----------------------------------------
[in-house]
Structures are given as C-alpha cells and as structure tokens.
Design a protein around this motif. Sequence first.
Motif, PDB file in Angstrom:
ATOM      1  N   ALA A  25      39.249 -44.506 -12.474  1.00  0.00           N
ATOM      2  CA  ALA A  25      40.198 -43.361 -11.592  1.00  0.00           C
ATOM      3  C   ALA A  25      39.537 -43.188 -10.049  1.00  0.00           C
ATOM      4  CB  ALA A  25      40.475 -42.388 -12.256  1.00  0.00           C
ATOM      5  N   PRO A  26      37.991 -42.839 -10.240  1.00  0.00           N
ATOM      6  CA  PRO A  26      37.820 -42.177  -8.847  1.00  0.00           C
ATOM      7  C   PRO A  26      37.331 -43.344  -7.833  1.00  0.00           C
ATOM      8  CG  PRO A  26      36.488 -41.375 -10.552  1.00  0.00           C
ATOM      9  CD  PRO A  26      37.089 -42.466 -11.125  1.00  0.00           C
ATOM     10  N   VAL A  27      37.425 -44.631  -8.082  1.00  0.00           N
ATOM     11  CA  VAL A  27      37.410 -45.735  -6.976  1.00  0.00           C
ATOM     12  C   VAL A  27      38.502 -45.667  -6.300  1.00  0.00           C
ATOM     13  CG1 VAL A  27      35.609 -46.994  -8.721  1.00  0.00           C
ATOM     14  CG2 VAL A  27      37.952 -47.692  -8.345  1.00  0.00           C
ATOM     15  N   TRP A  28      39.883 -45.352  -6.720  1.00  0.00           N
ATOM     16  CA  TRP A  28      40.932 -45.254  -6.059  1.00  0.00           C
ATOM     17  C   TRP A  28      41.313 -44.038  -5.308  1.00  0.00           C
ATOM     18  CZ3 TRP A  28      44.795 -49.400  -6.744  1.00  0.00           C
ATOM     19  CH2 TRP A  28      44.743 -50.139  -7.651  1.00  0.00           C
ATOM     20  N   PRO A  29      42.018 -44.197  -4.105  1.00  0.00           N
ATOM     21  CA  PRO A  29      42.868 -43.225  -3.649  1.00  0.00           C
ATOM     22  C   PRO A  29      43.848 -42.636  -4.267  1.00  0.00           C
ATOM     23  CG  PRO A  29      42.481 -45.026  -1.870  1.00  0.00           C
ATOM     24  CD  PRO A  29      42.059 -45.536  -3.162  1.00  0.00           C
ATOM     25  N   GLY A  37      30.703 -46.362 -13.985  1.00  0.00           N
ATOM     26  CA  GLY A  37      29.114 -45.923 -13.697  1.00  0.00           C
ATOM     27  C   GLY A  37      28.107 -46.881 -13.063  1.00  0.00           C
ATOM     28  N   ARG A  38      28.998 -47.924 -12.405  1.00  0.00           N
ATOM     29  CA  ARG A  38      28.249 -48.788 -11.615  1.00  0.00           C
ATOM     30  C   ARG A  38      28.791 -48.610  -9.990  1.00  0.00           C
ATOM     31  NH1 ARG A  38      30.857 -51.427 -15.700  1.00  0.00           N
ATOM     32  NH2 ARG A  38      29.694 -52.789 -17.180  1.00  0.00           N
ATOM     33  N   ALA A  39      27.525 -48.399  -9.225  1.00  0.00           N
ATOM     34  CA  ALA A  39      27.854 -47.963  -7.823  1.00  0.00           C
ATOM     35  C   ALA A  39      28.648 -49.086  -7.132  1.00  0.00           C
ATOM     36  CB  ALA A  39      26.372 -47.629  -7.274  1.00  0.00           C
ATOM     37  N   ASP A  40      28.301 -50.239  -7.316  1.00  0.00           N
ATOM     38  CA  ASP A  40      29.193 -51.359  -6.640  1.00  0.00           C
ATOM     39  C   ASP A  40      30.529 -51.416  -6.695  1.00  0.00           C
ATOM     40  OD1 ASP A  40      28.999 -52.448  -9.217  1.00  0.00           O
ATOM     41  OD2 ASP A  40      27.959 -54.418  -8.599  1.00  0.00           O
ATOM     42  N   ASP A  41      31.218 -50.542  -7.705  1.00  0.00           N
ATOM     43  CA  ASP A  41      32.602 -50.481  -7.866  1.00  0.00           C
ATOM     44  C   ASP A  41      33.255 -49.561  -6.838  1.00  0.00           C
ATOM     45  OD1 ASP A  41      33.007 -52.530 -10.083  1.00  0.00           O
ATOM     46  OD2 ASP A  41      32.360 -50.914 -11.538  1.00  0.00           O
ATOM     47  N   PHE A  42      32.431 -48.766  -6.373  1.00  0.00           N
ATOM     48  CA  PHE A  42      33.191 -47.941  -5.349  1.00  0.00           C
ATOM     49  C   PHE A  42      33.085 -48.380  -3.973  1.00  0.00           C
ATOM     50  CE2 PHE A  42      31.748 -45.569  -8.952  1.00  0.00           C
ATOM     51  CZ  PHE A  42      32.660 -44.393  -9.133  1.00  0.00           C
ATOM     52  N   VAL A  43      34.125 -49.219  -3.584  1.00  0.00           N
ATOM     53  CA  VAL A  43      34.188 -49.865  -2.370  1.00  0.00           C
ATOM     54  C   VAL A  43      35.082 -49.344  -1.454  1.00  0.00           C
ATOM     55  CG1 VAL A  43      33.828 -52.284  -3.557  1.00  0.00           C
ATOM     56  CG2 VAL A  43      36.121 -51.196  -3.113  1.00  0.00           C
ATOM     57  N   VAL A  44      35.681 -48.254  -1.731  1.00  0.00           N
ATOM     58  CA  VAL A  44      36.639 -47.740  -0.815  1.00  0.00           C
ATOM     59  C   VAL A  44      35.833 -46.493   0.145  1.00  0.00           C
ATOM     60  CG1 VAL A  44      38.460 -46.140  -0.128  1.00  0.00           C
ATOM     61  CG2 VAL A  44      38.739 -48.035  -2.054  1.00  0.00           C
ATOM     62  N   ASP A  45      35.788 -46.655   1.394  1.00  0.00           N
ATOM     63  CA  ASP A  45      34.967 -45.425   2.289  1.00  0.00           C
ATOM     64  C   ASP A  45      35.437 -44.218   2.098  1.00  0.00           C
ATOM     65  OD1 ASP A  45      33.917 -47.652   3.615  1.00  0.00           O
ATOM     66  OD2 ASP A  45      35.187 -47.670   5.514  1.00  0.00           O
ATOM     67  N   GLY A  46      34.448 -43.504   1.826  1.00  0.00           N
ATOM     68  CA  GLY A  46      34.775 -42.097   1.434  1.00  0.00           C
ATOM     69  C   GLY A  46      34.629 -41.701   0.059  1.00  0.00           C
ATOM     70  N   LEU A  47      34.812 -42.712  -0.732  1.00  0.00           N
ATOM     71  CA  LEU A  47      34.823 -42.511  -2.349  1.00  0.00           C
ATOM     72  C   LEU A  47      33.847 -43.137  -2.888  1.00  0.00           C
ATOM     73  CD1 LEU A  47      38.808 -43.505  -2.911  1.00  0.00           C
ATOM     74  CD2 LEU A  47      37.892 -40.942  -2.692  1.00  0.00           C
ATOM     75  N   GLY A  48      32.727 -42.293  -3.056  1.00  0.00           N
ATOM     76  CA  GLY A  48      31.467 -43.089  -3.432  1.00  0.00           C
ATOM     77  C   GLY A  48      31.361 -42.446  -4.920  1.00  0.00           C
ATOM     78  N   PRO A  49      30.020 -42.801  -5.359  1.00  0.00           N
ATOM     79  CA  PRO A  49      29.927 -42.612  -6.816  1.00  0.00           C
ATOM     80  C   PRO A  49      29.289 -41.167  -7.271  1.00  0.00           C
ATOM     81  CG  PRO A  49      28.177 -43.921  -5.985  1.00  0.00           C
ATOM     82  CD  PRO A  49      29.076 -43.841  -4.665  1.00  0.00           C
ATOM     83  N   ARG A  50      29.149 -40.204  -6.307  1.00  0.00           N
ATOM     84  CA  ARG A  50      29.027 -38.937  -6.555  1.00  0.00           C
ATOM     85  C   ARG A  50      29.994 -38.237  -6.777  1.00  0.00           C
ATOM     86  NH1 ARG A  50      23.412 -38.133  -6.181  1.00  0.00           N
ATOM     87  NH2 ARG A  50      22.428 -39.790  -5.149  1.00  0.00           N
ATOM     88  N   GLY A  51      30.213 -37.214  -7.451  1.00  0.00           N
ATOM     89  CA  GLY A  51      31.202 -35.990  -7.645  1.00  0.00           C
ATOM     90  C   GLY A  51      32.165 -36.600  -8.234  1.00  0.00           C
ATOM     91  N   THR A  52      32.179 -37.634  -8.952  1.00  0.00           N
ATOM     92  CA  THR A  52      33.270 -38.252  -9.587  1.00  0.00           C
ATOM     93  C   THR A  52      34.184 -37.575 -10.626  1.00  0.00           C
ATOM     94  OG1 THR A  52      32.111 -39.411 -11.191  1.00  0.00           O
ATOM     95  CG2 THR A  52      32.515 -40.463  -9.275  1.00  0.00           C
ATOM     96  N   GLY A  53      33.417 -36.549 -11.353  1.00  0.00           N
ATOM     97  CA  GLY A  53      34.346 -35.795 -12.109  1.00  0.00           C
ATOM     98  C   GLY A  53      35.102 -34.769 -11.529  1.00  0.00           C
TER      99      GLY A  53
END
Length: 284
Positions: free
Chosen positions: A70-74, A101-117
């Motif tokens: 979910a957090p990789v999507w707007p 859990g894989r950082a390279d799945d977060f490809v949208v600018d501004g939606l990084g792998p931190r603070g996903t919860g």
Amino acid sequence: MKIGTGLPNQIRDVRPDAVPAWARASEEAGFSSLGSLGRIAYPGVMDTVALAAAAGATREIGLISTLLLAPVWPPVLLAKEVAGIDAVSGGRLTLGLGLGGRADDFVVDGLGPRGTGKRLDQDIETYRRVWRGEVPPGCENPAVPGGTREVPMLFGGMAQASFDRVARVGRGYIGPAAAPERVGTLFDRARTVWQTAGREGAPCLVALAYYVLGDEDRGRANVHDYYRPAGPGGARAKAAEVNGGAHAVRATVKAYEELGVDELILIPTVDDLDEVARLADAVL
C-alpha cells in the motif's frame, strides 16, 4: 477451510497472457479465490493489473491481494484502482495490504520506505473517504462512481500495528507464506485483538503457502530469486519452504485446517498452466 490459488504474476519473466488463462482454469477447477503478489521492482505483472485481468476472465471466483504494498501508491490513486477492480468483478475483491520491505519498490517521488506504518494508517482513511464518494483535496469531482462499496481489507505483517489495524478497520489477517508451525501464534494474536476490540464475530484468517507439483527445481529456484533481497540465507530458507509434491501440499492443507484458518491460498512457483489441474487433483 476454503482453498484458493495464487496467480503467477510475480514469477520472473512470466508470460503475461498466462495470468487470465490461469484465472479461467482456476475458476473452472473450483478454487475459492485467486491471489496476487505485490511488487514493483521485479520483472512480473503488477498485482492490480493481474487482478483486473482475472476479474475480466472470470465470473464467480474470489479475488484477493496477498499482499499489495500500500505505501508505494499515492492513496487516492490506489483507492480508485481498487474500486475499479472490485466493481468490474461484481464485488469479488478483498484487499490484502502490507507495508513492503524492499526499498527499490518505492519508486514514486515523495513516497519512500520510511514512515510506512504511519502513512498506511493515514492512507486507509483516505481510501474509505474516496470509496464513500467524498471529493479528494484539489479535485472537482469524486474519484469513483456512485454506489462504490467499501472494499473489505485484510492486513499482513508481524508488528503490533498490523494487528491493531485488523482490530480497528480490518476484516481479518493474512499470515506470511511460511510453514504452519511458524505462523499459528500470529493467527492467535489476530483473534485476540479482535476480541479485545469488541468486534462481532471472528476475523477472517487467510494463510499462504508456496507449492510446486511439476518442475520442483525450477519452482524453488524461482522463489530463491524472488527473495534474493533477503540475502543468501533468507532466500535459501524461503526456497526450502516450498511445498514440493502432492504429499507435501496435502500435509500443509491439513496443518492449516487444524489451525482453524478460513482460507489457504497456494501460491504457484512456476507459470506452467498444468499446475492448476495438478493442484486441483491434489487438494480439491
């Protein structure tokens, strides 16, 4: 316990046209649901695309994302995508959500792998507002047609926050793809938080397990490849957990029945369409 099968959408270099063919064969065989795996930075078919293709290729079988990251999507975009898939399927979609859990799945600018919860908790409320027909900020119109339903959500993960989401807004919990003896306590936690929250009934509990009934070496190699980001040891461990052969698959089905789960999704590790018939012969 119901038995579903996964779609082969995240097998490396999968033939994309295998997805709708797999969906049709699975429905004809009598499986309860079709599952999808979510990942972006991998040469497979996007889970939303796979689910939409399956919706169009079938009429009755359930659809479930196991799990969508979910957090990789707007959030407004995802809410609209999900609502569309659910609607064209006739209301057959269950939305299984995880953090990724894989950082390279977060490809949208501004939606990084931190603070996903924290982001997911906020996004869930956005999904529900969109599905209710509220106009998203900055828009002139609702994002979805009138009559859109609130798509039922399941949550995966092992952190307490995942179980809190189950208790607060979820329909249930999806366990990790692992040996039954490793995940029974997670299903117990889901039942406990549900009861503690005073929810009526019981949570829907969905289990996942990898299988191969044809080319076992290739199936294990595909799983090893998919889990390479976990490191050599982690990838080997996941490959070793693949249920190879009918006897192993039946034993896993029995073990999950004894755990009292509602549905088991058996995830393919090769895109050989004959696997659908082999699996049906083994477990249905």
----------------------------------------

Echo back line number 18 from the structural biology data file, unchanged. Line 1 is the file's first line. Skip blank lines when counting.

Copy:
ATOM     14  CG2 VAL A  27      37.952 -47.692  -8.345  1.00  0.00           C